Once again it was shown that trading with AJ is almost certain suicide. Povetkin was in great shape and would’ve been a handful for any other heavyweight in the world because he no doubt brought his A-game. Sometimes it takes AJ a little while to get going, and if you don’t do anything to bother him or wake him up, he doesn’t fight with the urgency of a “Smokin” Joe Frazier. However, when you wake him up and force him to cut loose, he’s so dangerous that he doesn’t need too many clean shots to end it. And making Joshua more lethal is that he has both short and inside power in both hands.

After months of hearing how Povetkin was the most serious threat to Joshua, that’s now finished business. Prior to the bout The Ring magazine rated the top six heavyweights in the world as follows…..Joshua, Wilder, Povetkin, Ortiz, Whyte and Parker, in that order. Now Joshua is 3-0 (2) versus Povetkin, Whyte and Parker which squashes the narrative that he has fought weaker opposition than WBC title holder Deontay Wilder 40-0 (39) who has only faced Ortiz among the top six.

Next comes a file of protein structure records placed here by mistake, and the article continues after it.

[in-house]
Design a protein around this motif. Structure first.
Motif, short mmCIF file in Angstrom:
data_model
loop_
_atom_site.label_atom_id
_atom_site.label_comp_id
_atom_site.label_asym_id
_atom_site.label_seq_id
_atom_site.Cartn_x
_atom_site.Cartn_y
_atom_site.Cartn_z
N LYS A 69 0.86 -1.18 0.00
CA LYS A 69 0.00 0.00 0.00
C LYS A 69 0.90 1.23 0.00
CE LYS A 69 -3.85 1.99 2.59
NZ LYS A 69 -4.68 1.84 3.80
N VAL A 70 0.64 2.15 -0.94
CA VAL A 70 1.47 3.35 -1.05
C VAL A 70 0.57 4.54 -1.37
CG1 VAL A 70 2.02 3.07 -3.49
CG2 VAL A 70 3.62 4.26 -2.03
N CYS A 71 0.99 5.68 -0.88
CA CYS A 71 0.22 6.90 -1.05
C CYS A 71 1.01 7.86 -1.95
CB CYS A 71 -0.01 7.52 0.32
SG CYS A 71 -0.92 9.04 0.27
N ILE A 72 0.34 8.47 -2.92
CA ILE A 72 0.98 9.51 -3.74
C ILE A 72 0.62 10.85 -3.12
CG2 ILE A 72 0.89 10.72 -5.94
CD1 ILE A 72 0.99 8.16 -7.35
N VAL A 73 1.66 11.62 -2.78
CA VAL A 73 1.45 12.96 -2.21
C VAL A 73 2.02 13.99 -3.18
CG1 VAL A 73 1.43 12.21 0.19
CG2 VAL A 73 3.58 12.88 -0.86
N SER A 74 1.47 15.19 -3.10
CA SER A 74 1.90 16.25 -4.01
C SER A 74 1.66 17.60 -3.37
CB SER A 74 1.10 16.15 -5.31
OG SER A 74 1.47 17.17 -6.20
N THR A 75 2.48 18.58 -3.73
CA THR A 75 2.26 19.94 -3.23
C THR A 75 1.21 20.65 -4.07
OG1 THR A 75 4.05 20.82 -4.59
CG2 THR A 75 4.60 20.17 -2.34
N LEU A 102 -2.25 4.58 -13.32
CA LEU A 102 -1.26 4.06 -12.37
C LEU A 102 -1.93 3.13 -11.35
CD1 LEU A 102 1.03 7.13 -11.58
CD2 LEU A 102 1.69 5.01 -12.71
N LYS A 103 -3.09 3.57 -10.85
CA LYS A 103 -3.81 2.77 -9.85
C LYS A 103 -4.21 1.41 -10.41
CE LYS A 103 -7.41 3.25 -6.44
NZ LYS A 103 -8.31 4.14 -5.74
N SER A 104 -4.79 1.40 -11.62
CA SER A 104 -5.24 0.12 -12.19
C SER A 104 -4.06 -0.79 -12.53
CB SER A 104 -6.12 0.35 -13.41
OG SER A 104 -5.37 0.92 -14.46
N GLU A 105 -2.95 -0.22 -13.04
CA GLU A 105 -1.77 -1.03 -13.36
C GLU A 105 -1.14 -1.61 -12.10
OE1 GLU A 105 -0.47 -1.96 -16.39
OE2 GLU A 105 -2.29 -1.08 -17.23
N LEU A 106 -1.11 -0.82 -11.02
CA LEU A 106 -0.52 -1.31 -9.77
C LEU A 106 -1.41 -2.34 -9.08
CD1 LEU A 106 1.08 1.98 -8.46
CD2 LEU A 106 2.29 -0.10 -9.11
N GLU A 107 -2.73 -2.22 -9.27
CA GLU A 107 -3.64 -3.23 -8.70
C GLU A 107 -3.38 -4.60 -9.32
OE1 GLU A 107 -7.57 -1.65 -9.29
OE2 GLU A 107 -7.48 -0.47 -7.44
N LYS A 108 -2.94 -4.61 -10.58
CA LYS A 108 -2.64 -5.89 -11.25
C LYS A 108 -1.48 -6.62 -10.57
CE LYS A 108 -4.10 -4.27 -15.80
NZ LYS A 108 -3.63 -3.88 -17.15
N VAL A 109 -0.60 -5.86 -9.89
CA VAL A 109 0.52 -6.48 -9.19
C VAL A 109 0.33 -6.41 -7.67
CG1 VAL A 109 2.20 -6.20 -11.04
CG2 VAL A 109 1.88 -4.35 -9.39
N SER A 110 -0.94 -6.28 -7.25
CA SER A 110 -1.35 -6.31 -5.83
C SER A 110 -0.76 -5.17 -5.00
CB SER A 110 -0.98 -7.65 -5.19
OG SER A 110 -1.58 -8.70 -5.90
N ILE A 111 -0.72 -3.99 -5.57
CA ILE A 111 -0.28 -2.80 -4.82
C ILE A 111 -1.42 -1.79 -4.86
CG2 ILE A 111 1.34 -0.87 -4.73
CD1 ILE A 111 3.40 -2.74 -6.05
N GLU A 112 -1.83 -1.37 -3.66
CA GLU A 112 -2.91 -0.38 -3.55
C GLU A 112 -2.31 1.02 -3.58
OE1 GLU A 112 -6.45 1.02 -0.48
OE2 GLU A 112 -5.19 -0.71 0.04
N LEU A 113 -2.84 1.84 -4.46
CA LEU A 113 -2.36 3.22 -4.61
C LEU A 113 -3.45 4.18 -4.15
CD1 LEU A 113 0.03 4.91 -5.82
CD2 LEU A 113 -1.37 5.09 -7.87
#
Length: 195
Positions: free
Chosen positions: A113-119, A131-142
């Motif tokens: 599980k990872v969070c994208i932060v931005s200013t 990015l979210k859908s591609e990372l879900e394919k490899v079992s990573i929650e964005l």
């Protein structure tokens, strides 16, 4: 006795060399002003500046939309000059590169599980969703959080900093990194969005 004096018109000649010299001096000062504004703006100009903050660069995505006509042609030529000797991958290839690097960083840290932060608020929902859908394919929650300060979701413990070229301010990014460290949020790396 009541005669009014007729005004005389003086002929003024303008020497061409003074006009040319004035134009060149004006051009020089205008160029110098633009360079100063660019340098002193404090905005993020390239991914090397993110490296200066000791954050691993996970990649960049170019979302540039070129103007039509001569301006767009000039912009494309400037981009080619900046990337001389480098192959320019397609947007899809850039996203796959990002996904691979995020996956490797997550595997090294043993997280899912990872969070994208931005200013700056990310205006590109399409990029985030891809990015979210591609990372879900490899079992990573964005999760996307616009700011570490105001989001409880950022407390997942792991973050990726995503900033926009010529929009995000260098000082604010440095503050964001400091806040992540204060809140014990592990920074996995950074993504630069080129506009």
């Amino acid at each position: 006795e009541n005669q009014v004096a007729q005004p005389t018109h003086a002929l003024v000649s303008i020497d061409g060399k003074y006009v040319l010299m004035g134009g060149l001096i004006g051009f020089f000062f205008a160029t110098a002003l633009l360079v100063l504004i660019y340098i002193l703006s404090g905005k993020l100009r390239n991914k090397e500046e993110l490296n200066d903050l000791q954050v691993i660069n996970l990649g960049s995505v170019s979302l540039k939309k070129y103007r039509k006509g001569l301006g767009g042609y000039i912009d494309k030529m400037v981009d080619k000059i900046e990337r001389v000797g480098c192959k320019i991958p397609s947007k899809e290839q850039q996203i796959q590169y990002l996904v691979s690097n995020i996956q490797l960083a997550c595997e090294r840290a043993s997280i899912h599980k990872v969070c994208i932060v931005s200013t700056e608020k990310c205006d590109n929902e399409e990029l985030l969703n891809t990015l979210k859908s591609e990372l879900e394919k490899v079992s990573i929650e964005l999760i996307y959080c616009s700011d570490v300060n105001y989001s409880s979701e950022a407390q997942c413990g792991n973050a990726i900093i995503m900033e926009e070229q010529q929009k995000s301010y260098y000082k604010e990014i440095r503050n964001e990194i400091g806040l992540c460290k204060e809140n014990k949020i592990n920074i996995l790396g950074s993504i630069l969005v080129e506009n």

Today, the most widely levied criticism of any elite fighter is that he didn’t fight the best man or men in his division. Fighters can’t control who their contemporaries are but they can control fighting the best of their era. Rocky Marciano’s era wasn’t stellar, but he fought every top fighter who was in line to challenge him. Floyd Mayweather fought in a stout era – the difference is an overwhelming majority of his bouts with big name opponents were strategically manipulated so that he faced them on the downside of their career – and that’s a fact, not a theory.